The Mighty Striker Has Died

Percy 'Striker' Oblington
Percy ‘Striker’ Oblington

Truely an elder in the Calypso artform, Percival Oblington ‘The Mighty Striker’, died on Saturday 5th, 2011, after being ill for some time. Born in 1930, Striker would be remembered for his long service together with capturing the Calypso King Competition in 1958 and 1959.


Percy 'Striker' Oblington
Percy ‘Striker’ Oblington

‘Mighty Striker’ dies at 81
By Joan Rampersad and Seeta Persad
PERCY OBLINGTON, known in the Calypso arena as “The Mighty Striker”, died on Saturday at the age of 81, after reportedly suffering with prostate cancer. He was at the time singing with the Kaiso Karavan tent.

Calypso icon Striker dies
By Wayne Bowman
The Mighty Striker, one of the longest surviving calypsonians, died on Saturday after being ill for some time. An active, longstanding member of the Trinbago Unified Calypsonians Organisation (TUCO) East Zone, Striker won the Calypso King Competition, now the National Calypso Monarch competition, back to back in 1958 and 1959.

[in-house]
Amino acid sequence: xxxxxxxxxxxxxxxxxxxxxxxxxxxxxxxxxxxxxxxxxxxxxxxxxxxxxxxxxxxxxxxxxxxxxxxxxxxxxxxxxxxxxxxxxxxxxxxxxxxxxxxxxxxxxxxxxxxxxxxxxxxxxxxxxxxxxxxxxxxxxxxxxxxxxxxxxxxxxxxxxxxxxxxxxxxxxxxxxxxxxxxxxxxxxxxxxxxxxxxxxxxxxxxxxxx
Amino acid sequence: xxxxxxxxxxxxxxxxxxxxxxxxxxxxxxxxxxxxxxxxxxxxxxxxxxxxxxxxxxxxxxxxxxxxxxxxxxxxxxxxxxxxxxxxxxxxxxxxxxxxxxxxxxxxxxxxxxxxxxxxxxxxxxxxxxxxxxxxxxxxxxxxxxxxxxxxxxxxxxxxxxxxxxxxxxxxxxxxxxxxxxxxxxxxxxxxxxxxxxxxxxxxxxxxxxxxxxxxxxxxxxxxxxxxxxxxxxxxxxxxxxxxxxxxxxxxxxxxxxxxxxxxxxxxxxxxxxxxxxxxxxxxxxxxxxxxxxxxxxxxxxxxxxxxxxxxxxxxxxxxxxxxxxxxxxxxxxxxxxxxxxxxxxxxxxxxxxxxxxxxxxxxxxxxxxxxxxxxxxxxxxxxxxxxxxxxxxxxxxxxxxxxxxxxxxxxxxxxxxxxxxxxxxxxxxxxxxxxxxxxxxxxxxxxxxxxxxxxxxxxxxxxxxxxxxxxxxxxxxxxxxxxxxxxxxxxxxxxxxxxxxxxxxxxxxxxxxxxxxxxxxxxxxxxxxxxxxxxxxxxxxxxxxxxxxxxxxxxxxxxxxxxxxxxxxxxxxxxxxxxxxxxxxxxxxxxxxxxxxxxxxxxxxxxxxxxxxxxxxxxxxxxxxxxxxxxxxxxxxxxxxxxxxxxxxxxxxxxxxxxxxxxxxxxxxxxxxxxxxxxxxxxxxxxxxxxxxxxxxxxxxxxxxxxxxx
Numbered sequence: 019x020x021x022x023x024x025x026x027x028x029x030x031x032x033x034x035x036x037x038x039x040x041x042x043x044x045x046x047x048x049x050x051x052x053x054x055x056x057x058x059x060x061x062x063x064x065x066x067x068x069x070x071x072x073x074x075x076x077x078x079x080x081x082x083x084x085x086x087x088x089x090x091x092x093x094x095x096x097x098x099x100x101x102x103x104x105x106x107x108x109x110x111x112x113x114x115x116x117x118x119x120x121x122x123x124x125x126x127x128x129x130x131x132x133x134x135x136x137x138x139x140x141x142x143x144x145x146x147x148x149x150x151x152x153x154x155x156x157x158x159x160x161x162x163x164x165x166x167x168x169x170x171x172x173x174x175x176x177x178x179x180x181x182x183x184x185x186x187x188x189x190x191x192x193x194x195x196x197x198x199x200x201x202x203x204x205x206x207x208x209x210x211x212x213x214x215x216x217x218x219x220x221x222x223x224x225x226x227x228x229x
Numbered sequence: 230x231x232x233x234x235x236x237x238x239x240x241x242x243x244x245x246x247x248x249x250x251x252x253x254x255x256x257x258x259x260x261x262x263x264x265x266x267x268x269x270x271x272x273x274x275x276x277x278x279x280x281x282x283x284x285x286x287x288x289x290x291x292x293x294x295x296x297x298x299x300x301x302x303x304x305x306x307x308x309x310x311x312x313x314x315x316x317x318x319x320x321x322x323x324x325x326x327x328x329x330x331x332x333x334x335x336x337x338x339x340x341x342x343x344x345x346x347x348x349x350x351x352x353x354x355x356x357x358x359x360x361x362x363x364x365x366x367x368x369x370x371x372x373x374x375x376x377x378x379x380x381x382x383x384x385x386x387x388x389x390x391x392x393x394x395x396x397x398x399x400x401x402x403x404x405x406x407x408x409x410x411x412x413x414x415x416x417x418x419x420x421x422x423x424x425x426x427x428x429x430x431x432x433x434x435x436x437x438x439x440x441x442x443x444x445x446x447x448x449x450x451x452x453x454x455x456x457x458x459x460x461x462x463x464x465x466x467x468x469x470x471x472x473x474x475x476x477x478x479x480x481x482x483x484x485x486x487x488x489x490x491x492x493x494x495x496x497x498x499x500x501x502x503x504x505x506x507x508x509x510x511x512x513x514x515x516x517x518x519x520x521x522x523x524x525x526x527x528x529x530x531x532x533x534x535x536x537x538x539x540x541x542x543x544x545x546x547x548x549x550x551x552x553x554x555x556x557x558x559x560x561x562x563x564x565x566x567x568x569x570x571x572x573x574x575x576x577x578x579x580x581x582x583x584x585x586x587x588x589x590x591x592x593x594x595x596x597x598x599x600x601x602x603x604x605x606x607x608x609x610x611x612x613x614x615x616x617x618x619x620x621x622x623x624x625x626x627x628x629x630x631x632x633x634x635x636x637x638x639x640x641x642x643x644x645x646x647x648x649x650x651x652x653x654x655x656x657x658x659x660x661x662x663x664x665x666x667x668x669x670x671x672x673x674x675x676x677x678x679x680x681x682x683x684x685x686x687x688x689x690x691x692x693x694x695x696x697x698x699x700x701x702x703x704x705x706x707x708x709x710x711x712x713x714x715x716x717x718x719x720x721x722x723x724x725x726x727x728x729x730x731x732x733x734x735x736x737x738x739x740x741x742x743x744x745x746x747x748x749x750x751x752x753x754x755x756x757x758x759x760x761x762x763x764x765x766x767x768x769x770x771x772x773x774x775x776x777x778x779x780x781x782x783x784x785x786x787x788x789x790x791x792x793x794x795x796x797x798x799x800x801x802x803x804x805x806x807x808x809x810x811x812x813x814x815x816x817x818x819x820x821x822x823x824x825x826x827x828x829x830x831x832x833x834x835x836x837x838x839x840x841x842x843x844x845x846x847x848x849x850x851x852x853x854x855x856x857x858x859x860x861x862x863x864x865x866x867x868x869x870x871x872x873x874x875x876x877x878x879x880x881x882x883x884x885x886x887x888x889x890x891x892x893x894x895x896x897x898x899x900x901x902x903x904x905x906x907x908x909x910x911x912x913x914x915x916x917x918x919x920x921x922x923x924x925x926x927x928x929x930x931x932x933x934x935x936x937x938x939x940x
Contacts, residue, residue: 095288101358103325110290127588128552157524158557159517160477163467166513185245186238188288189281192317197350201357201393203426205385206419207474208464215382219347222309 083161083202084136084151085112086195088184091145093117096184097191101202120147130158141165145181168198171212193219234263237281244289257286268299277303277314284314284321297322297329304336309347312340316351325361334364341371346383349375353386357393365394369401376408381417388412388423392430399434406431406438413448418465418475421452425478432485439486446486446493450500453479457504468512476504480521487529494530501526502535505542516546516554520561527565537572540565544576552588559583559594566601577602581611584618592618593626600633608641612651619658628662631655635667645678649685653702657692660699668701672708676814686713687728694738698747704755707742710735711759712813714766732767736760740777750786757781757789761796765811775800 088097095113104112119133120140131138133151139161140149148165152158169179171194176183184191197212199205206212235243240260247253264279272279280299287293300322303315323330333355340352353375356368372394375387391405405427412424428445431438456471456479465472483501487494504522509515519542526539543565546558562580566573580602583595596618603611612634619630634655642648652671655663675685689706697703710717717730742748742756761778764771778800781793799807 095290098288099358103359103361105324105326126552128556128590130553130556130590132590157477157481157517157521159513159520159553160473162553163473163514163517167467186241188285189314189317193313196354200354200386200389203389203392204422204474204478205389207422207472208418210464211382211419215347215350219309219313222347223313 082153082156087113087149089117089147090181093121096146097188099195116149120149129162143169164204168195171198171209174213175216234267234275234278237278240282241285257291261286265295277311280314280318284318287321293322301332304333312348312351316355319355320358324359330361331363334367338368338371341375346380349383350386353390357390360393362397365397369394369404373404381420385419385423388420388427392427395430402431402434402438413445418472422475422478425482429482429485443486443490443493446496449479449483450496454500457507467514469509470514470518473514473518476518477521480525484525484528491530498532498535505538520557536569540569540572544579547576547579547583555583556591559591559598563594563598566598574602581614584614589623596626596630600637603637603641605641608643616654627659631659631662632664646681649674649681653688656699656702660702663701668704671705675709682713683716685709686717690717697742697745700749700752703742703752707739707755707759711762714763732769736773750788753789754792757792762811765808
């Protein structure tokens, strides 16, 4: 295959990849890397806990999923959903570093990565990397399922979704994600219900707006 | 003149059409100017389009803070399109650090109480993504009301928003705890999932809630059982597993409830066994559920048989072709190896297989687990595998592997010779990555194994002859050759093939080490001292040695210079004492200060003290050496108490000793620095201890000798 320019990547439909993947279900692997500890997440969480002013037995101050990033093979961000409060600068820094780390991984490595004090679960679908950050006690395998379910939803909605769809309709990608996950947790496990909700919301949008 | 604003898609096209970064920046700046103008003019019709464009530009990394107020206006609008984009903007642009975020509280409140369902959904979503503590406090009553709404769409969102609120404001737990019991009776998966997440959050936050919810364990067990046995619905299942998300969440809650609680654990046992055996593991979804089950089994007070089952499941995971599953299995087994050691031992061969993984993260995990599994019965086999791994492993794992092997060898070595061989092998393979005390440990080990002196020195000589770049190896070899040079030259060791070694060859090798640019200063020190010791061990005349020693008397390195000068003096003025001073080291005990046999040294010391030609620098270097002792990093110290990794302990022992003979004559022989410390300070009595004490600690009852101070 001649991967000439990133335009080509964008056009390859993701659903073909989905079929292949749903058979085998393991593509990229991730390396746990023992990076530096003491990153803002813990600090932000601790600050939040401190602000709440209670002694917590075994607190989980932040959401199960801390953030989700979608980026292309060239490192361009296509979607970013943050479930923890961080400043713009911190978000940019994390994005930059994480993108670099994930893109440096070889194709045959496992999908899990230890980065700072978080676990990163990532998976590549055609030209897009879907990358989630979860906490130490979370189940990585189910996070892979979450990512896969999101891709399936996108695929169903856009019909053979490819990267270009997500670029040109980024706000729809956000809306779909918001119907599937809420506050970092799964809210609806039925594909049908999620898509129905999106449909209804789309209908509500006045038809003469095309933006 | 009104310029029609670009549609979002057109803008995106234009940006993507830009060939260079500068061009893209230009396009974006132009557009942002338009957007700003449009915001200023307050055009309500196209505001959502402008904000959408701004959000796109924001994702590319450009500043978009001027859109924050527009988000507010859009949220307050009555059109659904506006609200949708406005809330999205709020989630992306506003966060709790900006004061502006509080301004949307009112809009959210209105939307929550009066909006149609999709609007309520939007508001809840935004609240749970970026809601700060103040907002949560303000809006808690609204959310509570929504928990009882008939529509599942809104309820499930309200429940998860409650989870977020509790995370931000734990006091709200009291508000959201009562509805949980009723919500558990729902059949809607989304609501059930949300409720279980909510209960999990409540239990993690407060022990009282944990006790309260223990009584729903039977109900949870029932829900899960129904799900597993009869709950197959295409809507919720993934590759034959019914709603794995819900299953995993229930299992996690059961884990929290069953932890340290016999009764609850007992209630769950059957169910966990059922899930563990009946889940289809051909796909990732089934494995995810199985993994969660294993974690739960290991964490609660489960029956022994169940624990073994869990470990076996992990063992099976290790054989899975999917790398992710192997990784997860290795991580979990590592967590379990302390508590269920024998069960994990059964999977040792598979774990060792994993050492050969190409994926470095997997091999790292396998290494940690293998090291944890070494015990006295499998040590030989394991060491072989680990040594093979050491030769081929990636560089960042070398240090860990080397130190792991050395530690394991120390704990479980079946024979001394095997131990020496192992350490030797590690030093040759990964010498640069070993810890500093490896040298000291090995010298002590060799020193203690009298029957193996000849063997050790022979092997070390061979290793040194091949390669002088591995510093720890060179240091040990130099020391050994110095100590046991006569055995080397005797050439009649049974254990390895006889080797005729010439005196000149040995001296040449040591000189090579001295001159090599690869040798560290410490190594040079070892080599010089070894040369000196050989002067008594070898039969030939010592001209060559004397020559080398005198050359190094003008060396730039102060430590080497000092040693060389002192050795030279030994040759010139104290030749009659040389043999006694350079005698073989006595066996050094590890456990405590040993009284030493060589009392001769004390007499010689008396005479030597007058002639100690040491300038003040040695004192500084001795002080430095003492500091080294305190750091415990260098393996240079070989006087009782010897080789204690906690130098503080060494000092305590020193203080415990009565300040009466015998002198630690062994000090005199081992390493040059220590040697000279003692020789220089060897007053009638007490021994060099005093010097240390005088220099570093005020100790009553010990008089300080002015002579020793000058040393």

3 Responses to “The Mighty Striker Has Died”

  • Last rites for Mighty Striker today
    The funeral service for Striker will be held at 3.30 pm at Belgrove’s, Orange Grove Road, Tacarigua. He will be cremated at 5 pm.

    Percival Oblington 'The Mighty Striker' Send-Off
    Percival Oblington ‘The Mighty Striker’ Send-Off

  • another icon has left us…R.I.P striker

  • On Wednesday last, in a packed chapel at Belgroves’ Trincity funeral facility, relatives, friends, and members of the calypso fraternity, gathered to cheerfully give The Mighty Striker a warm and rousing send off. That was nine days ago.

    Tonight I am here browsing this site which I discovered twenty four hours ago, and feel utter respect, admiration, and thankfulness for this community effort initiated by Kurt Allen and Chalkie (Dr. Hollis Liverpool) and so valiantly supported by every calypsonian who turned up to demonstrate camaraderie with, and honor for, Striker.

    Truly you made him feel like a rich man giving him the priceless gift of your caring demonstrated by the time you took to be in his company.

    When minds come together for relief of another, all are better off. No wonder there was no long face among you at the funeral. You had been giving him bouquets long before his final curtain call.

    I privately marvelled at the sense of community I felt in the Belgroves’ chapel as we said farewell to Striker (Percival Oblington), a friend, and family member. Now I understand.

    Monday,February 14, 2011

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